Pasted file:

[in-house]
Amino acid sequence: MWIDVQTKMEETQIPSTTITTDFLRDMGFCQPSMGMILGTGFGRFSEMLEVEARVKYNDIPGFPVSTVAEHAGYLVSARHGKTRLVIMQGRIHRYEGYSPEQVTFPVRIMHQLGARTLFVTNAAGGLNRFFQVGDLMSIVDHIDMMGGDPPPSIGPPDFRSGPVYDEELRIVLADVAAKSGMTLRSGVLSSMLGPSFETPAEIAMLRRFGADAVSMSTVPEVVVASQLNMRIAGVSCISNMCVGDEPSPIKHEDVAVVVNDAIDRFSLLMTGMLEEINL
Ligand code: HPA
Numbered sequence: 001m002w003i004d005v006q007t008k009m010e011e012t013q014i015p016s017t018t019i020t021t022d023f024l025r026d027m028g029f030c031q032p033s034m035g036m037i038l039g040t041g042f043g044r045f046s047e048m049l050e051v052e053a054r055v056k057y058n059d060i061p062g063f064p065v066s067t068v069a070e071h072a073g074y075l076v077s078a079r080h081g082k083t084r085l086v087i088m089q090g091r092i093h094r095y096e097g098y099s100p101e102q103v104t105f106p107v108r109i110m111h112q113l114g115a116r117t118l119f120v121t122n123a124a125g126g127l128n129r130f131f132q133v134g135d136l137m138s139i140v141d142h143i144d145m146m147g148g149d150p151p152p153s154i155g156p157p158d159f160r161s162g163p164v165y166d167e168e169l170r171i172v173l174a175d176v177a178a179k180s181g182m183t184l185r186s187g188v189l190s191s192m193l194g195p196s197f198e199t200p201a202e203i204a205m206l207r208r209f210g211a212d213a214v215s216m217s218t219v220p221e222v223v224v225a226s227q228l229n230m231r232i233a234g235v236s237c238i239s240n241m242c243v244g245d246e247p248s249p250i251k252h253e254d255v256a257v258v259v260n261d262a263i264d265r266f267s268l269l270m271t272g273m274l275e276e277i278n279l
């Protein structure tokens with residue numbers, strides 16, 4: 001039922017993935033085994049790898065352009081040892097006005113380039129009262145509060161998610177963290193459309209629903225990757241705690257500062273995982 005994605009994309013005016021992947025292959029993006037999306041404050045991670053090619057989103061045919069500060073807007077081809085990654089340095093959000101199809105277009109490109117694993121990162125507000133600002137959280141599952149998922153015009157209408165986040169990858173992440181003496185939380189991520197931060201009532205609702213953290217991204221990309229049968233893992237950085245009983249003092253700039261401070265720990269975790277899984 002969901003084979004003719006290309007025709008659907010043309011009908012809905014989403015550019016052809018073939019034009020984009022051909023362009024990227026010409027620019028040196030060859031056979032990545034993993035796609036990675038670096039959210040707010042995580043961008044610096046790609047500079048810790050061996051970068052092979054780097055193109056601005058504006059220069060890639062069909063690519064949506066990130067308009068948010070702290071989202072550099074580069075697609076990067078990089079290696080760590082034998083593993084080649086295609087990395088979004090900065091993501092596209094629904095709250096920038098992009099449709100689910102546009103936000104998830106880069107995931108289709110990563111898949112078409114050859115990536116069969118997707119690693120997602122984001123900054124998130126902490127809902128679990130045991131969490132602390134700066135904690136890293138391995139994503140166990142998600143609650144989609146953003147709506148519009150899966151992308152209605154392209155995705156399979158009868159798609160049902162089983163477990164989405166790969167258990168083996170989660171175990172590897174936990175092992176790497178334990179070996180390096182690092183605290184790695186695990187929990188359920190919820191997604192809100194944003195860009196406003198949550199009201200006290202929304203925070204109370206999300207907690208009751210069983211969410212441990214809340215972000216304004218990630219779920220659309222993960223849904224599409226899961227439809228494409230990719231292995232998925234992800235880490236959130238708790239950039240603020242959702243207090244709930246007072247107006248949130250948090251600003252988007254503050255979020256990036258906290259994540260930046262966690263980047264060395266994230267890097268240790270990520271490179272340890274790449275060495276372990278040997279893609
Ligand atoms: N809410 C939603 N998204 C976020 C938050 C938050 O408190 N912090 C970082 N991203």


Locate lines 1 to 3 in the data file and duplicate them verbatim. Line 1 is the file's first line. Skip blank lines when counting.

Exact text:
[in-house]
Amino acid sequence: MWIDVQTKMEETQIPSTTITTDFLRDMGFCQPSMGMILGTGFGRFSEMLEVEARVKYNDIPGFPVSTVAEHAGYLVSARHGKTRLVIMQGRIHRYEGYSPEQVTFPVRIMHQLGARTLFVTNAAGGLNRFFQVGDLMSIVDHIDMMGGDPPPSIGPPDFRSGPVYDEELRIVLADVAAKSGMTLRSGVLSSMLGPSFETPAEIAMLRRFGADAVSMSTVPEVVVASQLNMRIAGVSCISNMCVGDEPSPIKHEDVAVVVNDAIDRFSLLMTGMLEEINL
Ligand code: HPA